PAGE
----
They were questions that had to be asked since Piazza had made it an issue during his contract talks by setting an ultimatum, but Piazza apparently came to view Scully as an extension of the team, even after Scully concluded the interview by praising Piazza for such good answers.

Piazza doesn't hold back on his opinions, which is what makes the book such great reading, and to be fair he does seem more positive than negative on a few baseball people. While he doesn't much care for Bill Russell, Tim Leary, Pedro Martinez, Latin players who don't learn English, headhunters or Roger Clemens (can't blame him on the last two), he does offer praise for a few baseball people, including some of his managers.

Bruce Bochy did a great job handling him in San Diego (you can be sure it wasn't easy). Art Howe was a nice man. Lasorda disciple Bobby Valentine, who happened to manage Piazza most of his time in New York, is a complicated figure who drew more praise than criticism despite what seemed like a very up-and-down relationship at the time.

Even his better friends aren't exempt from a poke here or there, and I suppose this is what makes it such a compelling read.  Zeile, a good and loyal friend and the only one who teamed with him on his first three teams -- the Dodgers, Marlins and Mets (Piazza notes that helped get him the Mets job) -- is recalled mostly favorably but is also remembered for recommending a Hollywood investment that apparently didn't work out so swell for Mike.

Piazza has an amazing memory. But the story is about what he heard at the time, without regard to fact. And beyond his questionable taste in people, sometimes his facts just aren't very straight.

About the Newsday marijuana story from 2003, where a picture of Grant Roberts using a bong was printed on the front page, Piazza says "apparently, a scorned former girlfriend of his, a baseball groupie, was trying to extort money from him and released the photo when he wouldn't comply."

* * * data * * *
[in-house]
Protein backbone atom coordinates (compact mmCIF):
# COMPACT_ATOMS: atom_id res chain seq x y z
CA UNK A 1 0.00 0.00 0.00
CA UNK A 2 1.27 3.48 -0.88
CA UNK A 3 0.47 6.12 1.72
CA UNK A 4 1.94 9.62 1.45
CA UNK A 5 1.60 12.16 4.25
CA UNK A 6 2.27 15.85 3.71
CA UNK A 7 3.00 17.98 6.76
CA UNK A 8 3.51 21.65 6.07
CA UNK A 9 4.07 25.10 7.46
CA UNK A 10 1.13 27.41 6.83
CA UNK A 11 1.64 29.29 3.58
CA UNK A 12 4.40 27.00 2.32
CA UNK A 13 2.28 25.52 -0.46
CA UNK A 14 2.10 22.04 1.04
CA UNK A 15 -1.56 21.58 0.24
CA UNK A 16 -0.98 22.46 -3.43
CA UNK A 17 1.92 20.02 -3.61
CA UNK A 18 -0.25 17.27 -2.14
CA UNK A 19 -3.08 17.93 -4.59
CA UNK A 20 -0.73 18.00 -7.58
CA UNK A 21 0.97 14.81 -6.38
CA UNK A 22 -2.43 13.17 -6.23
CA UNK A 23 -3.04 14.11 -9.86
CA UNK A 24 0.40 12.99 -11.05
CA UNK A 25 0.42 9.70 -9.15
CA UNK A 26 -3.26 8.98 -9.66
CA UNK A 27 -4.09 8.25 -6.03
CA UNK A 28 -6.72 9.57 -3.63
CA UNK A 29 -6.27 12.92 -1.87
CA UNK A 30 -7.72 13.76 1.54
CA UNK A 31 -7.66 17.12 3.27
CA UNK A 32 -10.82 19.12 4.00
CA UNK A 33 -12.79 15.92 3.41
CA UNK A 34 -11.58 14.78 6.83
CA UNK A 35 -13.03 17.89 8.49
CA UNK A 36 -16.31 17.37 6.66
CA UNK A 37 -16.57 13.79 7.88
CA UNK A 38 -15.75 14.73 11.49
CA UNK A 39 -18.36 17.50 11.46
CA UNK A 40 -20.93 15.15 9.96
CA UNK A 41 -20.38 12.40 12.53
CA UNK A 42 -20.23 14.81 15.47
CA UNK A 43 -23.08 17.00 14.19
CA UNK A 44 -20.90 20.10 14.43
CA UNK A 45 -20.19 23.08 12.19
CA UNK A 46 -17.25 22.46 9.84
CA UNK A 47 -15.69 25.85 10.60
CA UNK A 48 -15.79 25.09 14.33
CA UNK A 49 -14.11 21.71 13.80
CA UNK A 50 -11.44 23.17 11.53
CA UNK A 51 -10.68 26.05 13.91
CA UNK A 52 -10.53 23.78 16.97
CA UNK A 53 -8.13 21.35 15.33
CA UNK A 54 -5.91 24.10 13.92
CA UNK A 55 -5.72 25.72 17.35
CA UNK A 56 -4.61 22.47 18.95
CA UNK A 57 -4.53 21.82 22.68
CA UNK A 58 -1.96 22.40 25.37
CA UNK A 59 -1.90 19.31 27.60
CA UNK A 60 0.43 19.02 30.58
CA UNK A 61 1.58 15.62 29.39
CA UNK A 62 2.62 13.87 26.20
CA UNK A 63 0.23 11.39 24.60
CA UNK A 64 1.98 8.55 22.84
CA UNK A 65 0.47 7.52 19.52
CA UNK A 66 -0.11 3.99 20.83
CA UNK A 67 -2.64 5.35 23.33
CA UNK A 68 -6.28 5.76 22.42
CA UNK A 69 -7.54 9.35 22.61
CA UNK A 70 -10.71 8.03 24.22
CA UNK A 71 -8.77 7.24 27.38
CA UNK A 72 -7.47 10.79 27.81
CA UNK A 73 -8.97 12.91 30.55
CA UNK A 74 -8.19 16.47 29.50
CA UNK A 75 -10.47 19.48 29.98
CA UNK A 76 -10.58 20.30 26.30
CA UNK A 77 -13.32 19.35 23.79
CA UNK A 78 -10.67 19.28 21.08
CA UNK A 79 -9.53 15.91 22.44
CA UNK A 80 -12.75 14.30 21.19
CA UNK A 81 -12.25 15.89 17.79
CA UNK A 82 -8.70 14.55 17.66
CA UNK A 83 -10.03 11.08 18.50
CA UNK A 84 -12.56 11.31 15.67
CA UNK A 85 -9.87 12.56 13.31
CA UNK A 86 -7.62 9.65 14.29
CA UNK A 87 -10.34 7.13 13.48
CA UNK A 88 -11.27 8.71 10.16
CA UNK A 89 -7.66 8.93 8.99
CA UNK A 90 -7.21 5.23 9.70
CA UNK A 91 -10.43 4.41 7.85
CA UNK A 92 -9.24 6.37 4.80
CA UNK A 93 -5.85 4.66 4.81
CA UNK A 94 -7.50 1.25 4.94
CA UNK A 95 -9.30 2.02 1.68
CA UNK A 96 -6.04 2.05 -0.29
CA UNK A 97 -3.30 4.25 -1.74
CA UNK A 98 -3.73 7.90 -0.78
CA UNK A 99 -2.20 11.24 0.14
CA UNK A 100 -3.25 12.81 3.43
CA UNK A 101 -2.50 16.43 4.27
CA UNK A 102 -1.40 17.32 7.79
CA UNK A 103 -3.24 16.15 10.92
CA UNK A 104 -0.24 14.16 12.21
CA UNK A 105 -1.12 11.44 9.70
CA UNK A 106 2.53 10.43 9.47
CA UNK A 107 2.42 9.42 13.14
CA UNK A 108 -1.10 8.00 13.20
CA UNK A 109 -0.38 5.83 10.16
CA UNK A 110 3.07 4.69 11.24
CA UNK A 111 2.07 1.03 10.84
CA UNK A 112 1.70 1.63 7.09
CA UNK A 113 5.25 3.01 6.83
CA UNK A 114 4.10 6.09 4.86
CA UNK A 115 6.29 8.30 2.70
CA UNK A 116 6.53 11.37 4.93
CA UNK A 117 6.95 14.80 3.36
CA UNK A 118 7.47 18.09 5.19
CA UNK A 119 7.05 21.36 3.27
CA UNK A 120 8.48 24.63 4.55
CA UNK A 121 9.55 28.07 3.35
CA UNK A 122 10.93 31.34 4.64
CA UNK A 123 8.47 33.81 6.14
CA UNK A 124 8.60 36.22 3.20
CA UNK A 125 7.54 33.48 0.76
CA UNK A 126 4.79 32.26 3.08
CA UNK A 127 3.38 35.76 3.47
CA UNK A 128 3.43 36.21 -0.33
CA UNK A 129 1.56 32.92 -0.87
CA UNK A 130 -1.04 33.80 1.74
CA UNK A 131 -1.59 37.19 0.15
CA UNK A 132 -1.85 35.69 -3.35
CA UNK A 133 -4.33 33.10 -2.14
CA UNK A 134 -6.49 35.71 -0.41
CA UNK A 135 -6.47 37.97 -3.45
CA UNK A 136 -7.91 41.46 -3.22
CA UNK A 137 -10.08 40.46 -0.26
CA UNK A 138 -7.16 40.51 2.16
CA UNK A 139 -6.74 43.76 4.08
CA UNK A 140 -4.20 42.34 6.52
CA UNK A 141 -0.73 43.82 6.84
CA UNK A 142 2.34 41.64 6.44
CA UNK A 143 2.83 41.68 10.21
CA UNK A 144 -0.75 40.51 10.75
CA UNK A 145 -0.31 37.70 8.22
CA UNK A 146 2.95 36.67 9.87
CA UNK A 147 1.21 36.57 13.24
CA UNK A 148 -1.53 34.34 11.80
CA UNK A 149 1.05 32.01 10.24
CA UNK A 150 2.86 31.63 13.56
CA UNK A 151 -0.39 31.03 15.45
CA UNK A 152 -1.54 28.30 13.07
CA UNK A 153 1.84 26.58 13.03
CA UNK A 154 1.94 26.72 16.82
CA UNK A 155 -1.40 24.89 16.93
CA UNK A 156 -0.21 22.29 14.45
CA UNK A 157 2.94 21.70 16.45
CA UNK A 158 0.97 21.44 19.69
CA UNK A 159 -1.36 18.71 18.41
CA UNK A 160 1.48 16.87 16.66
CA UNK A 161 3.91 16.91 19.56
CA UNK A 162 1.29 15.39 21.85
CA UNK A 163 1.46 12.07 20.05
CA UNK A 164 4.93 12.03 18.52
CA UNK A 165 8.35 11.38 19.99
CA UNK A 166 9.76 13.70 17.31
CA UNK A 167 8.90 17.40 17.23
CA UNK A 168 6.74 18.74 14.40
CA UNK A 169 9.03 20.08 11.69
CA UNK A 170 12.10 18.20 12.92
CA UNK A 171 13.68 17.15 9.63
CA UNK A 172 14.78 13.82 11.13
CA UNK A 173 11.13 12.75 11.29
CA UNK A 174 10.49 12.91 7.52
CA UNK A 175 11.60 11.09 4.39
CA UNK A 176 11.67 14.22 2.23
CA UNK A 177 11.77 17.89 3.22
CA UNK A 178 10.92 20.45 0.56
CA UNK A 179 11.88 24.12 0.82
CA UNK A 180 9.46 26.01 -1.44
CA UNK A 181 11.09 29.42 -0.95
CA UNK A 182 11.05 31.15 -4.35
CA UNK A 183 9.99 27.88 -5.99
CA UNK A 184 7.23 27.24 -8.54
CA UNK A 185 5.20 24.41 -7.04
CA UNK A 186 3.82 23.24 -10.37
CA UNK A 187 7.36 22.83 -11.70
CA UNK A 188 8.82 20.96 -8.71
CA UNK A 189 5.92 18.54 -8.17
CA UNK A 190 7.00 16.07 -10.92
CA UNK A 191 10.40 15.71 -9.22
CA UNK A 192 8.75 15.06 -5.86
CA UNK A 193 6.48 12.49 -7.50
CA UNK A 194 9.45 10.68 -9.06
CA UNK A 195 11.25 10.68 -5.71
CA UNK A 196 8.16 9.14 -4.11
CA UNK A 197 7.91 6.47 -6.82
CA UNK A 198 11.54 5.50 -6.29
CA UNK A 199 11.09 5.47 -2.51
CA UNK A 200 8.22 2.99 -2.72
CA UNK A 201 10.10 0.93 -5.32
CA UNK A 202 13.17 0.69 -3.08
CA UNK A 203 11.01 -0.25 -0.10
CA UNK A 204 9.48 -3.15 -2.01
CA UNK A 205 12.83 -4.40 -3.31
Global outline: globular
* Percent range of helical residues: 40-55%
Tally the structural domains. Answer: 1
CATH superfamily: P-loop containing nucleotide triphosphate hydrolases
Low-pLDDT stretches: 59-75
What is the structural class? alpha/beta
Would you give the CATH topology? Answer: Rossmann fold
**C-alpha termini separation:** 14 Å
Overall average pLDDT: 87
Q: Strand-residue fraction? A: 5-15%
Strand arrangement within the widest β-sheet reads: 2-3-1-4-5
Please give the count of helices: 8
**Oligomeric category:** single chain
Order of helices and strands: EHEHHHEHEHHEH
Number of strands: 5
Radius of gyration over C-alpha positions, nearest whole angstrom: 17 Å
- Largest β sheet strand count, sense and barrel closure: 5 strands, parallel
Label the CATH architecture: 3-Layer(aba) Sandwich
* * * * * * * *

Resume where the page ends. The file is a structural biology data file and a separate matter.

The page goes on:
That's incorrect speculation. Roberts' reps, the Levinson brothers, told folks that madeup story and even tried to have the Queens D.A. pursue an extortion case against the young lady. But the truth was, she was a girlfriend dumped when Roberts made it to the majors and exacted revenge by providing the photo, as the Queens D.A. easily figured out. (Disclosure: I was at Newsday at the time and had my name on the story, though the picture in question was actually acquired by David Lennon.)

Piazza writes that when Omar Minaya took over as Mets GM, "His first order of business seemed to be trading me." He writes this even though there's no evidence, as he was never traded by the Mets, and there were never even any juicy rumors of trade talks in the papers, as you would expect if a big name such as Piazza was on the trading block. This didn't ring true to me, so I checked, and according to folks with the Mets at the time, it isn't true.

Piazza fesses up to an anonymous quote critical of a move by A's manager Bob Geren that he gave to the veteran San Franicsco Chronicle beat writer Susan Slusser. I suspect it's no shock to Geren since the manager basically called out Piazza regarding the quote in a team meeting, Piazza wrote.